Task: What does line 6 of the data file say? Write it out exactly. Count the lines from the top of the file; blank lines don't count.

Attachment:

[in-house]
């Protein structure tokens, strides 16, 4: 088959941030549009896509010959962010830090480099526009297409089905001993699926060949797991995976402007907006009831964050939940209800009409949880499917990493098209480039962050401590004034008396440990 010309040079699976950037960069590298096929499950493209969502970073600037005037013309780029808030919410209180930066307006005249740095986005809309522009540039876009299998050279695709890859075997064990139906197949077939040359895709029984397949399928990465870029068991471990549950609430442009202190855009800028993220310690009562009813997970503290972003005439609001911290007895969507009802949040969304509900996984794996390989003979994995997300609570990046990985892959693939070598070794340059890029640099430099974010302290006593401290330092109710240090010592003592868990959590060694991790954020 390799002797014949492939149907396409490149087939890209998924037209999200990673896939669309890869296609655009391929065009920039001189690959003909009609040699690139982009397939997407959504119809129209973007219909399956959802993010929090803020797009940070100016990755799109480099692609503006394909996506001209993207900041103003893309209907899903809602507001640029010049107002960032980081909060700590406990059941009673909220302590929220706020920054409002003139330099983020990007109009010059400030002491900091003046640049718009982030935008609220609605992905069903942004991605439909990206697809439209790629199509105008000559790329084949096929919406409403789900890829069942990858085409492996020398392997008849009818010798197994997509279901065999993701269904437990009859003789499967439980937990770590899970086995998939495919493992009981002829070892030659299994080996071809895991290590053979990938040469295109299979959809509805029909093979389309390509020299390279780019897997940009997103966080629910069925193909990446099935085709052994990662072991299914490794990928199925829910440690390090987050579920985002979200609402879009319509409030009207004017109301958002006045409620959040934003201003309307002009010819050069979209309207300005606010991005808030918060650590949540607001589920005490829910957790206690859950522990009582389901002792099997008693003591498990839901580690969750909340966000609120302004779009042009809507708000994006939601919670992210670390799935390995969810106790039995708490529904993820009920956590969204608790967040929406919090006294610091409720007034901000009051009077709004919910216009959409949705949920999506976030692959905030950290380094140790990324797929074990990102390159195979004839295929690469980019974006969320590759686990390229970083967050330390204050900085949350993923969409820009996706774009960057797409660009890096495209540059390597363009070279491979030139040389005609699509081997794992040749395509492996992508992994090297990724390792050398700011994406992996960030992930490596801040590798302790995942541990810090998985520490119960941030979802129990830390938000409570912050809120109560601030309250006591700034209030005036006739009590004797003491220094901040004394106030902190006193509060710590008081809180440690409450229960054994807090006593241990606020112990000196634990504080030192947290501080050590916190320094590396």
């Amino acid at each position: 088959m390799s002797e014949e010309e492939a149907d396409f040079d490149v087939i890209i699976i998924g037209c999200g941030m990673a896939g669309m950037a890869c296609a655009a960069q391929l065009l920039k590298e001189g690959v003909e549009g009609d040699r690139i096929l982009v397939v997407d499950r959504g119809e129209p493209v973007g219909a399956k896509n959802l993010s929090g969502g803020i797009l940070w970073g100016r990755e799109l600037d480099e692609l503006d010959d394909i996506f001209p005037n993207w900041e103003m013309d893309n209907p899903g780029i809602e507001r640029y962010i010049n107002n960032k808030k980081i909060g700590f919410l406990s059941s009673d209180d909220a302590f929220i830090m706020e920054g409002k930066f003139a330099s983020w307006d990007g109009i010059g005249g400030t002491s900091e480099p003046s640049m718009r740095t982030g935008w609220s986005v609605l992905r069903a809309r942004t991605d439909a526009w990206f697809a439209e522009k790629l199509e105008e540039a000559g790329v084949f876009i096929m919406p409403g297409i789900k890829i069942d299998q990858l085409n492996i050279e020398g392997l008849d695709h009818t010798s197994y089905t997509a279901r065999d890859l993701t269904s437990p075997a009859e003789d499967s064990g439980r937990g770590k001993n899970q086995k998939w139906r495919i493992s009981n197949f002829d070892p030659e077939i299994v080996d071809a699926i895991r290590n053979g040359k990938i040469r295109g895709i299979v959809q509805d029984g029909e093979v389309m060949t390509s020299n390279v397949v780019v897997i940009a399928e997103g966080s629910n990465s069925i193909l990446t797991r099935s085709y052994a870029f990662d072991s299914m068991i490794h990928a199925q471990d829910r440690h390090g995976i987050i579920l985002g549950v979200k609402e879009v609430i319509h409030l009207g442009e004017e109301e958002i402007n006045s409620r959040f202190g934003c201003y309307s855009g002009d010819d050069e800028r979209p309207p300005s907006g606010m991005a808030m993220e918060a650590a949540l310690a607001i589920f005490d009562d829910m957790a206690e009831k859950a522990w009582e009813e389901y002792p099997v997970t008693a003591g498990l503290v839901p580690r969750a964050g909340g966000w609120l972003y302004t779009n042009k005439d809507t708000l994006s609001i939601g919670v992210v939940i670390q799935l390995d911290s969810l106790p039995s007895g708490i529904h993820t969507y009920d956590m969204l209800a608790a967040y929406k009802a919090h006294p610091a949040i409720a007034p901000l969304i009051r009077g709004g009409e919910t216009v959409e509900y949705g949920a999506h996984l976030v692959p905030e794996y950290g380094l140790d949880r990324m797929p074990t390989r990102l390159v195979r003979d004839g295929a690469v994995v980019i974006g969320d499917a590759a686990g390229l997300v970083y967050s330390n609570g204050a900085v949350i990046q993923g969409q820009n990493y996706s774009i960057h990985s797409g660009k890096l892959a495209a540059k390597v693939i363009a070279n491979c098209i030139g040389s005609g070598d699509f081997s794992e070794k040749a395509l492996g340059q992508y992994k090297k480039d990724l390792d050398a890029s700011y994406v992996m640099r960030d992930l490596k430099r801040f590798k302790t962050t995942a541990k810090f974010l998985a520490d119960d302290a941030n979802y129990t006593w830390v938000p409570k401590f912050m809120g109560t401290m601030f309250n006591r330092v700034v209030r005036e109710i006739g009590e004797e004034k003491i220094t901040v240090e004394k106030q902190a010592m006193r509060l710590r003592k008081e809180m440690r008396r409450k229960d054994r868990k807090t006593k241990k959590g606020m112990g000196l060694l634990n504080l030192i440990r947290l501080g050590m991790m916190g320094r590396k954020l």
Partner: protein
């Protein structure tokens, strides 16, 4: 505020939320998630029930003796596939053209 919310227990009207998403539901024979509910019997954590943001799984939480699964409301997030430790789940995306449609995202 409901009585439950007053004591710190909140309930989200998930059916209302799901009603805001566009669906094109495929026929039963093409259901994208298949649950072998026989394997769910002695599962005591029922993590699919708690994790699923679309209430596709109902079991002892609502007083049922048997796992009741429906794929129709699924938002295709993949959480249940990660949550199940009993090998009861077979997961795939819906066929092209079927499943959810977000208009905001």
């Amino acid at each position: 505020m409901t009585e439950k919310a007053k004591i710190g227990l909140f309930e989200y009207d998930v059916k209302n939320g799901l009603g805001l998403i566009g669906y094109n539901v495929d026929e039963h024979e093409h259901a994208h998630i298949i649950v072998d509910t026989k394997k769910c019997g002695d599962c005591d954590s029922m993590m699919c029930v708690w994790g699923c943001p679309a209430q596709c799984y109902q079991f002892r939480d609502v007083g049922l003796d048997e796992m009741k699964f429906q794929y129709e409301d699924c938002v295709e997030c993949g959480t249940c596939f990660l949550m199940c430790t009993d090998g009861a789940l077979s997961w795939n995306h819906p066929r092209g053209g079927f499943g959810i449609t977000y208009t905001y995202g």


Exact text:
């Amino acid at each position: 505020m409901t009585e439950k919310a007053k004591i710190g227990l909140f309930e989200y009207d998930v059916k209302n939320g799901l009603g805001l998403i566009g669906y094109n539901v495929d026929e039963h024979e093409h259901a994208h998630i298949i649950v072998d509910t026989k394997k769910c019997g002695d599962c005591d954590s029922m993590m699919c029930v708690w994790g699923c943001p679309a209430q596709c799984y109902q079991f002892r939480d609502v007083g049922l003796d048997e796992m009741k699964f429906q794929y129709e409301d699924c938002v295709e997030c993949g959480t249940c596939f990660l949550m199940c430790t009993d090998g009861a789940l077979s997961w795939n995306h819906p066929r092209g053209g079927f499943g959810i449609t977000y208009t905001y995202g």